Storm-chasing trial lawyers are constantly evolving their tactics. While these efforts have proven lucrative for the handful of lawyers willing to push the boundaries of lawful practice and professional ethics, they have widespread consequences for the Texans being caught in the maelstrom of their litigation tactics.

In 35 to 40 percent of hail and wind-related lawsuits filed in Texas since the beginning of 2013, an agent, adjuster or employee has been named as a defendant along with the insurance company. This level of litigation against adjusters is unprecedented. The lawsuits against these individuals are not filed because the plaintiffs’ lawyers actually think the individuals did something wrong. Instead, these individuals are sued for tactical purposes.

One small Texas-based adjuster does business in Texas and 19 other states. He has been sued 407 times in recent years, and 404 of those suits were in Texas. He gave this testimony to the Legislature:

“Although I have been in insurance adjusting for many years, it was the rare day that an independent adjuster was sued in a disputed claim. In fact, it was the rare day that one of our claims ended up in litigation. Claims got amicably resolved. That was the norm.

“My adjusters—good, talented and honest people—are getting sued for no reason whatsoever.

“Despite all these lawsuits and allegations of bad conduct levied against us in boilerplate lawsuits, not once—never— have we ever been asked to pay a dime for settlement or had our allegedly bad conduct taken to a jury.”

A person who manages a nationwide adjusting firm says this about his recent experience in Texas:

“The allegations made against our adjusters are very serious. They are accused of committing fraud, being deceptive, dishonest and intentionally trying to deny or underpay claims. This affects their morale, their ability to earn a living and occasionally their credit ratings.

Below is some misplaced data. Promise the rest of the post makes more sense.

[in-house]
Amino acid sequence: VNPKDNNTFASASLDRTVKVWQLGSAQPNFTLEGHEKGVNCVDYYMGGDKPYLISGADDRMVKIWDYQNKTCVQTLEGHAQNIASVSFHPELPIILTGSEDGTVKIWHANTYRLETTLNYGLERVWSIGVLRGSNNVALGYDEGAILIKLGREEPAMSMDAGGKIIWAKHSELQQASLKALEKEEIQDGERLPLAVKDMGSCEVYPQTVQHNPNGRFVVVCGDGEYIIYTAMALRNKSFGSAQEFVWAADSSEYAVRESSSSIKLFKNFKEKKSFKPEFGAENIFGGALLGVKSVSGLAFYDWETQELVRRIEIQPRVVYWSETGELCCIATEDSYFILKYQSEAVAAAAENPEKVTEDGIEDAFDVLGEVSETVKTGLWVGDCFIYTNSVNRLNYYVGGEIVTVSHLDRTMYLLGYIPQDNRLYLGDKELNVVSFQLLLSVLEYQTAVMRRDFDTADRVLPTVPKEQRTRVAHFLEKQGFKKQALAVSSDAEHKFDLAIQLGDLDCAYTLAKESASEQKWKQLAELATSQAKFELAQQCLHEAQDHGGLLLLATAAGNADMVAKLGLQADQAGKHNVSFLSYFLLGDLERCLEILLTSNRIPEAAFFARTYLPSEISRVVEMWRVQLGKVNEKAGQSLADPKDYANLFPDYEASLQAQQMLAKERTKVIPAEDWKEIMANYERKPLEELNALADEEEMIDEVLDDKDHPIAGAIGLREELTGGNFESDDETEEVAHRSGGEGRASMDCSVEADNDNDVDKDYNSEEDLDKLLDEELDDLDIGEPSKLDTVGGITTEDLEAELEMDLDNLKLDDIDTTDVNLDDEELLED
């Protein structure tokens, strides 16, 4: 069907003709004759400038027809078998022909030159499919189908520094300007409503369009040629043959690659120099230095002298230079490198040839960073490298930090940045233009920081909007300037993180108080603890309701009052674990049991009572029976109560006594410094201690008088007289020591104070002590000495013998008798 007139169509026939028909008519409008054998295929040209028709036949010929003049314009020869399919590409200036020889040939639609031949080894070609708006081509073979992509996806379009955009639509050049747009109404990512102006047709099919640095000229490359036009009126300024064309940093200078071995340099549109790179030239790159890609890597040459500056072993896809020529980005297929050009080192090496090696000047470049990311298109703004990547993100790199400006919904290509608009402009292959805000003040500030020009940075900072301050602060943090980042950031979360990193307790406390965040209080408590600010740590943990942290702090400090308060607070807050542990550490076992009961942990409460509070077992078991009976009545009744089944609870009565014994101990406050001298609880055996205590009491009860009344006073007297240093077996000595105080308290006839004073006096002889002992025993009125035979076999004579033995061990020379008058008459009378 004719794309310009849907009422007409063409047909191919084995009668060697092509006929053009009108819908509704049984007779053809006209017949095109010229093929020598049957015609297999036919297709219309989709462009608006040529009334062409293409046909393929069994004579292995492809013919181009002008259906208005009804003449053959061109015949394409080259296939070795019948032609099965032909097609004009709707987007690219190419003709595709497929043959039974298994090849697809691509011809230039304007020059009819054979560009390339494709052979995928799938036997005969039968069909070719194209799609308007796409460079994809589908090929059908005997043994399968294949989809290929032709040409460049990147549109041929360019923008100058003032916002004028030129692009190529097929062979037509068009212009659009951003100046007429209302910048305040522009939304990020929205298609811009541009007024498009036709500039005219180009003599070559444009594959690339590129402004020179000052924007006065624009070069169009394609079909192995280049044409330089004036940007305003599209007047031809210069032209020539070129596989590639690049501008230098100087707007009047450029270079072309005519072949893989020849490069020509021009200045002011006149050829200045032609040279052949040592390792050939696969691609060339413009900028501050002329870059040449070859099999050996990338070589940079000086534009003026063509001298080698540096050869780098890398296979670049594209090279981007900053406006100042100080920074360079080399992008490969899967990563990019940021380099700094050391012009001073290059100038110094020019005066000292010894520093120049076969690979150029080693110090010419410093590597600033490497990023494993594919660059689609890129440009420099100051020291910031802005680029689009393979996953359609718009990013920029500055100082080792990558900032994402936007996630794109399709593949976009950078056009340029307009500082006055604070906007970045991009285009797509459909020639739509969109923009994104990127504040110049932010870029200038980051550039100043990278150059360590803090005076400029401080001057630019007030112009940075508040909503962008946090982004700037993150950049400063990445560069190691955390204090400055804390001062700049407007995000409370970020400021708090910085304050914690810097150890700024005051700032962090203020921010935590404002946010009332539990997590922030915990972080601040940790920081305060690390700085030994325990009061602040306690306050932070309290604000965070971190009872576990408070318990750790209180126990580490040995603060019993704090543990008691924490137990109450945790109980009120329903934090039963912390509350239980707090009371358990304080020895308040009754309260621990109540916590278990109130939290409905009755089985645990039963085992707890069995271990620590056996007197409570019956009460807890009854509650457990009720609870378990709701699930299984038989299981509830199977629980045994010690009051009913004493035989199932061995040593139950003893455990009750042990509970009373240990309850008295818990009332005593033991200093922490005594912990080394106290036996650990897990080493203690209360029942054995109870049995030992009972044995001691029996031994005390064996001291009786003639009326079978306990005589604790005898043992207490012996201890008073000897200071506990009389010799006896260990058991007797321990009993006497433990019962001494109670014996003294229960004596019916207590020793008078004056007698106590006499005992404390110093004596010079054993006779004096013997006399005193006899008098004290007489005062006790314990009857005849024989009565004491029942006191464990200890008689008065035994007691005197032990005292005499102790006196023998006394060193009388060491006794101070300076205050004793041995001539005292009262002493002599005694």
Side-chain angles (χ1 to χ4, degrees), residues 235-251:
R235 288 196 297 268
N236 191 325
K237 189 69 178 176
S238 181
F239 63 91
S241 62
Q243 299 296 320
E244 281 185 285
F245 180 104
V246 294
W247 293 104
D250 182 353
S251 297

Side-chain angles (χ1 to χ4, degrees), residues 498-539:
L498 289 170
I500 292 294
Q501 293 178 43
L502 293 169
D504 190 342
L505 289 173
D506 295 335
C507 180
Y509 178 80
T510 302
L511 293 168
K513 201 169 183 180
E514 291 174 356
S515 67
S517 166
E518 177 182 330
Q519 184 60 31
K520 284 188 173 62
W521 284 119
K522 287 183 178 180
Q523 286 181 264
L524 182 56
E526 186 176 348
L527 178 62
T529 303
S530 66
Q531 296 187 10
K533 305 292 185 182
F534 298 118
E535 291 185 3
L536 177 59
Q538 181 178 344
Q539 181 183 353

“There is no jurisdiction like Texas… This is a Texas problem that requires a Texas solution.”

In many cases, the plaintiff ’s lawyer has sued the agent, adjuster or employee to avoid having the case removed from state to federal court. Naming an individual as a defendant, along with an out-of-state insurance company, makes it difficult for the insurance company to move the case to federal court under the U.S. Constitution’s diversity of citizenship provision. And because suing the individual also makes the litigation more cumbersome and expensive, the trial lawyer’s leverage over the insurance company is enhanced because it adds length and cost to the lawsuit, whether or not the lawsuit is against an in-state or out-of-state defendant.

Recently, the most prolific of the storm-chasing trial lawyers, Steve Mostyn, added a new wrinkle to his mass-litigation model. He began sending letters to the lawyers representing the individual defendants (usually adjusters) saying their alleged liability to his clients could not be resolved through the out-of-court appraisal process. So even if the plaintiff ’s claim against the insurance company is dismissed after an appraisal award is paid by the insurance company, Mostyn attempts to keep the claim alive against the individual defendant.

Mostyn concludes his letter by saying: “In an effort to resolve this matter [against the individual] without lengthy discovery and litigation, the Plaintiff is willing to settle her claims against you, and only those claims against you, for $5,000.00.” He doesn’t bother to say what he thinks the agent, adjuster or employee did wrong to warrant a $5,000 payment to Mostyn and his client.

These obscenely abusive lawsuits against adjusters will be particularly problematic when the next catastrophic event occurs (like another hurricane or a series of tornadoes), as it is common for adjusters to come to Texas from other states to help resolve the sheer volume of insurance claims quickly and efficiently. Faced with the near-certain prospect of becoming a defendant in multiple unnecessary lawsuits, adjusters will have to decide if they are willing to take on the amplified risk of becoming entangled in this mass-litigation scheme through no fault of their own.

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